Visa and MasterCard aren’t content to wield the plain old monocle-wearing, robber-baron-style monopoly power over businesses and their customers. They want the Ultimate Banking version in which everyone, everywhere in the world, pays for everything with one of their cards while they take a cut on both ends of the transaction.
LaVecchia begins her paper — titled “Visa Wants to Rule How We Pay for Purchases. But Its Market Power Has a High Cost” — by citing an initiative Visa launched last July. The corporation is offering restaurateurs and other food vendors up to $10,000 to upgrade their point-of-sale systems, but in order to qualify for the help they must agree to stop accepting cash money.
“The initiative was the ‘opening salvo,’ as one Visa executive put it, in the credit card company’s plan to increase its market power by eliminating cash,” LaVecchia reported. She quotes Visa CEO Al Kelly, who recently told investors, “We’re focused on putting cash out of business.”
Visa and MasterCard are members of the Better Than Cash Alliance, a “global partnership committed to moving from cash to digital payments in order to reduce poverty and drive inclusive growth,” according to its website. This unholy alliance also includes the Bill & Melinda Gates Foundation and the Clinton Development Initiative (part of the now infamous Clinton Foundation), as well as the United Nations Secretariat and the governments of over two dozen countries, mostly impoverished, war-torn or “developing” nations like Afghanistan, Ethiopia and Vietnam.
What would it be like to live in a cashless society where you need a bank or credit card to conduct the business of daily life? Portlanders are already getting a taste of that future, and to many it tastes like a shit sandwich.
“Not rock and roll”
Baristas + Bites is a café that opened last December on Fore Street, in Portland’s Old Port. It sells sandwiches and salads and pastries, like its signature “Kupcakes.” Owner Amy Alward previously operated a stall at the Public Market House in Monument Square for this business, called Love Kupcakes, and still has a food truck with that name.
Although no single item at Baristas + Bites costs more than $10, and a small coffee costs only a buck, you can’t buy anything with cash. The café is a credit-and-debit-card-only business.
During an interview at the café last month, Alward told me she read an article in the New York Times a year or so ago about a Scandinavian country that was experimenting with a cashless economy. “I was really fascinated with the fact that it helps with crime, and the fact that it helped with process, it helped with accountability, streamlining accountability, [and] reporting tools, and I thought, ‘You know what? That sounds really, really interesting and I’m gonna try it.’”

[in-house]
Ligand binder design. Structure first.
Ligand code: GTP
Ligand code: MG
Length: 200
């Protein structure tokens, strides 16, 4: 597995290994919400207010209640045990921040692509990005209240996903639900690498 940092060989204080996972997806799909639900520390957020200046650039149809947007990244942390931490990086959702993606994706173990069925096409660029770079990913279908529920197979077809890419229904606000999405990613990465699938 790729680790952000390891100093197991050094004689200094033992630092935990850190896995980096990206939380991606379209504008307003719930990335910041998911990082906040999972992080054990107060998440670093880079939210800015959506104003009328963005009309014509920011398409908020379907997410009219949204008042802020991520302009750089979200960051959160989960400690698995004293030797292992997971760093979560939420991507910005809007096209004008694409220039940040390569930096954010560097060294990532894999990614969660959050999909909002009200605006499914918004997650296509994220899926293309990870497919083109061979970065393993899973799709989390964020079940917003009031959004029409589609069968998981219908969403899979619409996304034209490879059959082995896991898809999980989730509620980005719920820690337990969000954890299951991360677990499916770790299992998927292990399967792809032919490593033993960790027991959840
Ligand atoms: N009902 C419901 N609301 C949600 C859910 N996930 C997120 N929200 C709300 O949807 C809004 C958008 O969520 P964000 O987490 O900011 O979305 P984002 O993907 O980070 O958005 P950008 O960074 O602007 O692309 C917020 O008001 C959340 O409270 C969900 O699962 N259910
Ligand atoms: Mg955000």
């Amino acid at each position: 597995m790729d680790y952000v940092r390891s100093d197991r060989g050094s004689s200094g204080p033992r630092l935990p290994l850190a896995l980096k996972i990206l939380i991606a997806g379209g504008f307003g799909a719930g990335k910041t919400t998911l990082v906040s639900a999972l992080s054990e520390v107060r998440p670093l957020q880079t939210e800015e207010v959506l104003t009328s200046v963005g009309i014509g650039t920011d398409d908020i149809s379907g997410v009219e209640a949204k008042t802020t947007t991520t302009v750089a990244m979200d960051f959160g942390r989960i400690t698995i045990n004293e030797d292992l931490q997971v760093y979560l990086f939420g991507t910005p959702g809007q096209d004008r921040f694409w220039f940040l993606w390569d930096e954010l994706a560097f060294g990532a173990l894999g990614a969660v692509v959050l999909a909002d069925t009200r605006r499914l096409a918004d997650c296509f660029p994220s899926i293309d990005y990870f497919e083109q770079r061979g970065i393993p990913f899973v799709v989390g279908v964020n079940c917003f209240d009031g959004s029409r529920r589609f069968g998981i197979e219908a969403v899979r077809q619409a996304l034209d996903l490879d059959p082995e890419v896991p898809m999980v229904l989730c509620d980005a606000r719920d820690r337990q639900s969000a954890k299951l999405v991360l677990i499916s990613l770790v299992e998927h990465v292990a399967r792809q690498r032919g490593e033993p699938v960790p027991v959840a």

I asked Alward if the fees she now must pay for every transaction were a drawback. “I look at it as the cost of doing business,” she said. “I’m a business person, I’m a numbers person, and the way I look at it is, OK, so I’m paying up to four percent for these fees, [but] the reality is that I’m probably saving at least that on [not] having a manager run back and forth to the bank to make change, to proof the drawers, to count the money.
“I’ve dealt with cash for 35 years,” she continued, “and once you start counting cash and you’re dealing with lots of cash, it becomes a situation where you’re having to get more cash, deposit cash, transfer cash to coin, and it’s very labor-intensive.
“And one thing I love is the cleanliness of no money,” Alward added. “I mean, plus storing money. So the safety for my employees … on soooo many different variables it’s a plus, plus, plus, win, win, win for me.”
I asked Alward what the response from customers has been like so far. “Ninety-nine percent think it’s really interesting,” she said. “They’re fine with it. We get the one percent [from whom] we might get a complaint on our point-of-sale system.”
Is Alward concerned that her policy effectively bans people without credit or debit cards from patronizing her business? “Gosh, I haven’t run into that yet,” she replied. “We have people who say, ‘I don’t have [a card] on me,’ and then they’ll bring it to us” later.
“We have had homeless people in here,” she added, “and we just give ’em a sandwich and a coffee.”
My informal poll of people who live and work in the neighborhood indicates that more than 1 percent are pissed off. In fact, I first heard about Baristas + Bites from the proprietor of a small shop who was outraged by the policy and vowed to never return.
Jim Baldi, who works at The Bar of Chocolate, on Wharf Street, told me about his experience at Alward’s café. “I went in and the coffee was good, the prices were fair, the people were pleasant, and I went to give [the cashier] some money and I thought she was joking with me — she told me she doesn’t take cash.” Baldi had a debit card, so he used that, but he told the barista, “‘This is not a personal issue with you, it’s just a business thing. I’m not coming here ever again.’ She’s like, ‘OK.’ I guess she heard it before. It didn’t matter.”
“It’s very elitist to say you can’t use cash,” he added. “It seems like a way of screening out your clientele.”